Posted by john at 12:41 PM | Comments (0)

December 08, 2007

Whooshing Engines

Iíve finished cutting the pictures for Babbling Fools and Iím starting in on the soundtrack. So this week we were back in Bates Mill, with the posh microphone, recording the big thrumming noises from the carding machines.

Whilst our ears were tuned to the Mighty Hum we noticed the Wool Wooshing Engine. This is where the raw wool is whooshed about the mill in huge galvanised whooshing pipes and delivered to big bins in the carding shed.

Not being ones to miss an opportunity the entire crew voted in favour of making a short film about Wool Wooshing.

And, thanks to the wonders of You Tube, here it is, all 50 seconds of it.
[Turn your volume up good and big]

Posted by john at 03:23 PM | Comments (0)

December 04, 2007

Books, pelmanism and Georgie Fame

A good book is a great thing. When you get to the end itís hard to put it down. Itís even harder to find another book to start. Itís especially hard when itís late at night and youíre going along the bookshelves in your slippers with a torch and you canít find the one you want.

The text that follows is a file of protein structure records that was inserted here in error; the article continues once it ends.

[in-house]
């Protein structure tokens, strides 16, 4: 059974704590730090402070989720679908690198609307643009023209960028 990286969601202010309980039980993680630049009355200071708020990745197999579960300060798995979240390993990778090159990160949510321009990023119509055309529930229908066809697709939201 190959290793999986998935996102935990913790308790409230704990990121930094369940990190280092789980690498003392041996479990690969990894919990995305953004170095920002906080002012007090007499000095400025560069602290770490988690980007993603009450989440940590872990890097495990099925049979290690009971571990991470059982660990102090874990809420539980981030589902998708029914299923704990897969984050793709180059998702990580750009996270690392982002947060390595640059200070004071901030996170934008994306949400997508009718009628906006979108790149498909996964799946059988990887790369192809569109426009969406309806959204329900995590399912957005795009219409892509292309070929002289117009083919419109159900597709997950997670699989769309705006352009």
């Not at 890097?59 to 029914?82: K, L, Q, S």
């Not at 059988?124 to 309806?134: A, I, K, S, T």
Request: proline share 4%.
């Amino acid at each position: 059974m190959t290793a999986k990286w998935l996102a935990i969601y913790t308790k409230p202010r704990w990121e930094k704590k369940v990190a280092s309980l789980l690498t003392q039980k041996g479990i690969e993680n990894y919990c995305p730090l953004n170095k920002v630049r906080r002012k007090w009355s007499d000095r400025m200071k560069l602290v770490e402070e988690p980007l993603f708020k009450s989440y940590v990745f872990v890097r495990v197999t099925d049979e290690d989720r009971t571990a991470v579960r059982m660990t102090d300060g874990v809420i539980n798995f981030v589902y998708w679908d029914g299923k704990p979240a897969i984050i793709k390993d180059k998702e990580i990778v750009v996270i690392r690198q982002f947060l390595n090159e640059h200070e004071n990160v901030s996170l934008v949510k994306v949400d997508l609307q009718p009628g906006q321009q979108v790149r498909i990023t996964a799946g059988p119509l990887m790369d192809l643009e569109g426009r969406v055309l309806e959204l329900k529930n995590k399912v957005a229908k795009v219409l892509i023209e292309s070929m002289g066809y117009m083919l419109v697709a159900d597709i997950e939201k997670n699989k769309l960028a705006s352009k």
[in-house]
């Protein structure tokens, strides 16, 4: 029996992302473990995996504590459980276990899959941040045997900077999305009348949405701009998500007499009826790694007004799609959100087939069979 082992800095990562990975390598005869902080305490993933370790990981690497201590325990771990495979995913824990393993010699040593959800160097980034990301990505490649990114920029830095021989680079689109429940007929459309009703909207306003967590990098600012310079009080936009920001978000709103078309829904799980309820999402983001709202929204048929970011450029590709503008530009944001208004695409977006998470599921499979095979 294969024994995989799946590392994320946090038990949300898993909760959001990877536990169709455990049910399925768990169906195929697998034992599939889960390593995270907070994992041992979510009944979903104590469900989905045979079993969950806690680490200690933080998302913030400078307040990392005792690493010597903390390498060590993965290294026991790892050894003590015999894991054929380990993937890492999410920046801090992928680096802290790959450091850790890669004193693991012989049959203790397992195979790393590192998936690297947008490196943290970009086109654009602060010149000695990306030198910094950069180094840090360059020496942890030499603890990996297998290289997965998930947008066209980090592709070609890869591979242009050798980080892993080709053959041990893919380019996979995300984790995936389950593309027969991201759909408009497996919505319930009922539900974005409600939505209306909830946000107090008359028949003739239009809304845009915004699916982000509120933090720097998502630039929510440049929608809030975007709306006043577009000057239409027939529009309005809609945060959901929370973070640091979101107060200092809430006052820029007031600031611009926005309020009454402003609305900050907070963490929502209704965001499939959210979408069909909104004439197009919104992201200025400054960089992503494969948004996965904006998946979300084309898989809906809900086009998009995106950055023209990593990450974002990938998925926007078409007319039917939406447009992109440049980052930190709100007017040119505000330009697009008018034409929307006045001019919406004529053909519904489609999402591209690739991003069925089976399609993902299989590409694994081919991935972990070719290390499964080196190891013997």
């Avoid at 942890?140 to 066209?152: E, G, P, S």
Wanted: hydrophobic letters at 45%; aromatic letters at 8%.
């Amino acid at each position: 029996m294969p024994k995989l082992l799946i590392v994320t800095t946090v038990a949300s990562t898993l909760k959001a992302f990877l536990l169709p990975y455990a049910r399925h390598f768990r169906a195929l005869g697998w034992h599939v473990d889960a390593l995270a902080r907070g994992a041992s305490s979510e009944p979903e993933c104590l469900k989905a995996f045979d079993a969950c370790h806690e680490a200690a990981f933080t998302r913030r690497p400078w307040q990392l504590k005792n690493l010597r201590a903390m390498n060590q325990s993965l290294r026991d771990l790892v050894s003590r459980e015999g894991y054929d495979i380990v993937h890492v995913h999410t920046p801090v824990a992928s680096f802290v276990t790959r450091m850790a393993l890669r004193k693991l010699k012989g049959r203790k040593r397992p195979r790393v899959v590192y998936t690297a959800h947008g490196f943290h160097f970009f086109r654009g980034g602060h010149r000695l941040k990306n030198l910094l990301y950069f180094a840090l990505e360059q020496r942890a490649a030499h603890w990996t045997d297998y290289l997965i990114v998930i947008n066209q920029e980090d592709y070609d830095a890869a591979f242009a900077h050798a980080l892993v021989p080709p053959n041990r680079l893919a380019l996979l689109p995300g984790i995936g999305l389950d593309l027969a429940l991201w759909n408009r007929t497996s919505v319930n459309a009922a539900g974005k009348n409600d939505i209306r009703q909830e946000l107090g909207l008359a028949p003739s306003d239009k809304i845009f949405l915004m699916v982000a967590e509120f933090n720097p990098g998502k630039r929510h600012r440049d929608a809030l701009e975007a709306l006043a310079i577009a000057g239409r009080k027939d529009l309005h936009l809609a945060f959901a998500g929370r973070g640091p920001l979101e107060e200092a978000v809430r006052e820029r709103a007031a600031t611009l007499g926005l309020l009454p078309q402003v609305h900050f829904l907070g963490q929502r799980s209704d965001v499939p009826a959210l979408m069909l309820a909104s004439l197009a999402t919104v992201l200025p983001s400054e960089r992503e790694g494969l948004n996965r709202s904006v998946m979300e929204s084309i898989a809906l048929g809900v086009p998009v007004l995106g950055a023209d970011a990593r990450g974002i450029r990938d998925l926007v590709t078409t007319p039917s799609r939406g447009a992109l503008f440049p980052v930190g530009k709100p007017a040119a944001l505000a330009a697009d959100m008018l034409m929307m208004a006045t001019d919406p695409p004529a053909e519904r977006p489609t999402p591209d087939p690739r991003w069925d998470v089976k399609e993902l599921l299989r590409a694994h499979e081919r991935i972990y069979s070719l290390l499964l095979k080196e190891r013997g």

Pelmanism* can help you only so far Ė usually about two moves. That is: you knew whereabouts on the shelf the book was and if it isnít there then thereís an even chance that youíll know where you moved it to. But after that itís Open Season for Book Hunting.

What is called for of course is a classification system. Now, I donít have enough books to warrant the attentions of Mr Melvil Dewey and his fancy decimal system, a simple alphabetical order would suffice. Just for the novels, you understand, the big books have a distinct and individual classification system known only to the present incumbent.


Well, when you start poking around in the bookshelves sorting piles of books according to the first letter of the authorís surname, you find all sorts of books youíve forgotten. You also find out that you have more books by authors whose surname begins with M, than any other letter. And of course you come across such classics as these: